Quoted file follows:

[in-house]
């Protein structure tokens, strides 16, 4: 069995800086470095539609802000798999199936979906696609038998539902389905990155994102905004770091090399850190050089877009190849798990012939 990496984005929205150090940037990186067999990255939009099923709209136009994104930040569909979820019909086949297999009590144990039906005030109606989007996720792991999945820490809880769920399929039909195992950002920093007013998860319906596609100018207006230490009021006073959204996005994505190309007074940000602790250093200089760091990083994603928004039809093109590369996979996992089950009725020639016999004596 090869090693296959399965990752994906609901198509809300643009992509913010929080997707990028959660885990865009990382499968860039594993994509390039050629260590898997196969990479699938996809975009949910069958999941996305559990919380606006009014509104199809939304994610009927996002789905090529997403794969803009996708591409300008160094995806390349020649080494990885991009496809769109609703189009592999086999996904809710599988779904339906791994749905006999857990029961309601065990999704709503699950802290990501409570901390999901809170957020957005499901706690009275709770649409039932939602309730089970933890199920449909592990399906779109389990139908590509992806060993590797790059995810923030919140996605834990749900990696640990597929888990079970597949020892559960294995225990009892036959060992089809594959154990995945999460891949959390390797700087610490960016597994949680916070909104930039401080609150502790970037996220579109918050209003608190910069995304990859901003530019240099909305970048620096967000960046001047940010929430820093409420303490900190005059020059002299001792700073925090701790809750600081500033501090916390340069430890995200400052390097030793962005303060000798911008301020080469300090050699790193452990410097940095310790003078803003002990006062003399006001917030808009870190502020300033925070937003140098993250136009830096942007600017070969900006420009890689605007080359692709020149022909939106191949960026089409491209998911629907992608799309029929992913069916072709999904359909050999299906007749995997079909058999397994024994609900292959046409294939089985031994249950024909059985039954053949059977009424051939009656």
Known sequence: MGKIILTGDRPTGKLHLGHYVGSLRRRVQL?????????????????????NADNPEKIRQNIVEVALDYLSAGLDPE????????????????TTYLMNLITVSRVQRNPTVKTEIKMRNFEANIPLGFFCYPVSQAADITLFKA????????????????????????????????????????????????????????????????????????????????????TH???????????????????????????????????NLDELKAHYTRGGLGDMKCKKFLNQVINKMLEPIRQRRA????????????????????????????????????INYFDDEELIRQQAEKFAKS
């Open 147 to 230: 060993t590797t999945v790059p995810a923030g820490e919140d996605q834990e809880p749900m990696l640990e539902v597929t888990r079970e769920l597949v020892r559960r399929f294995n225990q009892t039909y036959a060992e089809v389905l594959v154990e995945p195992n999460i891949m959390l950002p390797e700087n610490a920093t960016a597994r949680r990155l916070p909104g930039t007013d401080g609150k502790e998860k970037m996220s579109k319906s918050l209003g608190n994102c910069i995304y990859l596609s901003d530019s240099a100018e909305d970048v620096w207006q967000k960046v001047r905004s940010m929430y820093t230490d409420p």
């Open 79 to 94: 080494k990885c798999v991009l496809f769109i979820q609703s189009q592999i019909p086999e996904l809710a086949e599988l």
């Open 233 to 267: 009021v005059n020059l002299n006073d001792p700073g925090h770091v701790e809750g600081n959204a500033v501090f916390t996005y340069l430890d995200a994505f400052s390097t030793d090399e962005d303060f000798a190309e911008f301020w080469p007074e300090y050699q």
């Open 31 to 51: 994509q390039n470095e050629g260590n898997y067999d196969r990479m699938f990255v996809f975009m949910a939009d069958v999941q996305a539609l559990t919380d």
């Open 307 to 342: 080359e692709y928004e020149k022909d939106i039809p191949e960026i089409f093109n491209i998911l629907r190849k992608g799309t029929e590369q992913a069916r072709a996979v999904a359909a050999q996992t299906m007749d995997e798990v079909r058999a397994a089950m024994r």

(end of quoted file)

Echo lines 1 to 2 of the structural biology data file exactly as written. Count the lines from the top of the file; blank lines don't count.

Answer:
[in-house]
């Protein structure tokens, strides 16, 4: 069995800086470095539609802000798999199936979906696609038998539902389905990155994102905004770091090399850190050089877009190849798990012939 990496984005929205150090940037990186067999990255939009099923709209136009994104930040569909979820019909086949297999009590144990039906005030109606989007996720792991999945820490809880769920399929039909195992950002920093007013998860319906596609100018207006230490009021006073959204996005994505190309007074940000602790250093200089760091990083994603928004039809093109590369996979996992089950009725020639016999004596 090869090693296959399965990752994906609901198509809300643009992509913010929080997707990028959660885990865009990382499968860039594993994509390039050629260590898997196969990479699938996809975009949910069958999941996305559990919380606006009014509104199809939304994610009927996002789905090529997403794969803009996708591409300008160094995806390349020649080494990885991009496809769109609703189009592999086999996904809710599988779904339906791994749905006999857990029961309601065990999704709503699950802290990501409570901390999901809170957020957005499901706690009275709770649409039932939602309730089970933890199920449909592990399906779109389990139908590509992806060993590797790059995810923030919140996605834990749900990696640990597929888990079970597949020892559960294995225990009892036959060992089809594959154990995945999460891949959390390797700087610490960016597994949680916070909104930039401080609150502790970037996220579109918050209003608190910069995304990859901003530019240099909305970048620096967000960046001047940010929430820093409420303490900190005059020059002299001792700073925090701790809750600081500033501090916390340069430890995200400052390097030793962005303060000798911008301020080469300090050699790193452990410097940095310790003078803003002990006062003399006001917030808009870190502020300033925070937003140098993250136009830096942007600017070969900006420009890689605007080359692709020149022909939106191949960026089409491209998911629907992608799309029929992913069916072709999904359909050999299906007749995997079909058999397994024994609900292959046409294939089985031994249950024909059985039954053949059977009424051939009656």